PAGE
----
The Senate's version of a five-year renewal is deemed by many, including those in the rail industry, as more evenly applied to various surface transport modes, including rail, as opposed to the House version, which focused on highways and auto-related items almost exclusively.
Rail industry interests blanketed congressional offices Thursday as part of Railroad Day on Capitol Hill, in a coordinated effort to highlight freight and passenger rail's viability and importance to the nation's infrastructure and transport flexibility. Numerous groups, including the Railway Supply Institute and the American Public Transportation Association, had expressed alarm at the House's proposal for surface transportation funding.
"The current plan is to see what the Senate can produce and to bring their bill up," Boehner said at a news conference. "In the meantime, we're going to continue to have conversations with members about a longer-term approach, which most of our members want. But at this point in time, the plan is to bring up the Senate bill or something like it."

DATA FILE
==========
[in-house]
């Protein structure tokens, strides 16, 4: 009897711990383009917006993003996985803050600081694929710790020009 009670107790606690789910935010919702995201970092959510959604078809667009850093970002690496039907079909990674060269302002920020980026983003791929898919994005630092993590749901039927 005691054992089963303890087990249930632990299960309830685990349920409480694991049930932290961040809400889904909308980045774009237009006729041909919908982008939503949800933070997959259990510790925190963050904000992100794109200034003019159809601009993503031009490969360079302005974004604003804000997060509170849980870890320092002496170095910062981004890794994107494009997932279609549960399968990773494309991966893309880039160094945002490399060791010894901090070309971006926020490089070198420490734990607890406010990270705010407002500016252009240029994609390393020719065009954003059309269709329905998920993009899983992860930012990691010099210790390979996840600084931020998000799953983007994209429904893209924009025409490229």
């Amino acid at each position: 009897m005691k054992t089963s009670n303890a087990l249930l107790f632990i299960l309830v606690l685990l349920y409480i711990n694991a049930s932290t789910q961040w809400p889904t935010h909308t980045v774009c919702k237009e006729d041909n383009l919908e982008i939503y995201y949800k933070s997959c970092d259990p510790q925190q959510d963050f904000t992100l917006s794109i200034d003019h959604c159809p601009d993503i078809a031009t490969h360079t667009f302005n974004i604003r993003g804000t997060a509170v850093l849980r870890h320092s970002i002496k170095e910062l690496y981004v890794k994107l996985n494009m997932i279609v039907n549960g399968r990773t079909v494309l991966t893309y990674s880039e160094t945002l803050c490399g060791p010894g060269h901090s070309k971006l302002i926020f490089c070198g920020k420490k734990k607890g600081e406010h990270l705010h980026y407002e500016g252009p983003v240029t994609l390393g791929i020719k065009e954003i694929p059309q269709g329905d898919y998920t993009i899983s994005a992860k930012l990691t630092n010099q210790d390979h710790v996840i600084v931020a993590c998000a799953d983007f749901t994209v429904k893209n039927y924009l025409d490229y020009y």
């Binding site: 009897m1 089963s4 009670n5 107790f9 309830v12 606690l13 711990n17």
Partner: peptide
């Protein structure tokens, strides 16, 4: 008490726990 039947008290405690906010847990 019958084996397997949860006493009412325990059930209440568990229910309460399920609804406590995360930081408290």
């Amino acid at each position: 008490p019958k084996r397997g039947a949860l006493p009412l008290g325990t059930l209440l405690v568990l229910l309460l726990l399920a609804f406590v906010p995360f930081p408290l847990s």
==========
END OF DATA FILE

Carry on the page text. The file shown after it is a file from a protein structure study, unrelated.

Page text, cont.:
The more modest Senate bill advances a two-year, $109 billion plan that encompasses much more modal choices, including provisions allowing states to direct some of their funding portions to specific projects as they see fit, regardless of mode and/or involving multiple modes. It also would detach any link between any surface transportation bill and the proposed Keystone XL pipeline project from Canada to Texas, a key political point to many Republicans which the Senate rejected Thursday as a standalone item.
The House version dissatisfied varied interests, from fiscally conservative Republicans objecting to the funding levels to Democrats and suburban-district Republicans dismayed by the termination of dedicated funding for public transit projects.
Current funding for road and rail construction projects expires at the end of this month, which could affect construction workers currently employed and in essence become a hot-button political issue for both parties during this election year.
"We're not going to let March 31 go by and experience any kind of a shutdown, vowed Rep. John Mica (R-Fla.), chairman of the House Transportation and Infrastrcture Committee. "That is not an option under consideration." Failing passage of the Senate bill, however, yet another temporary extension is a possibility.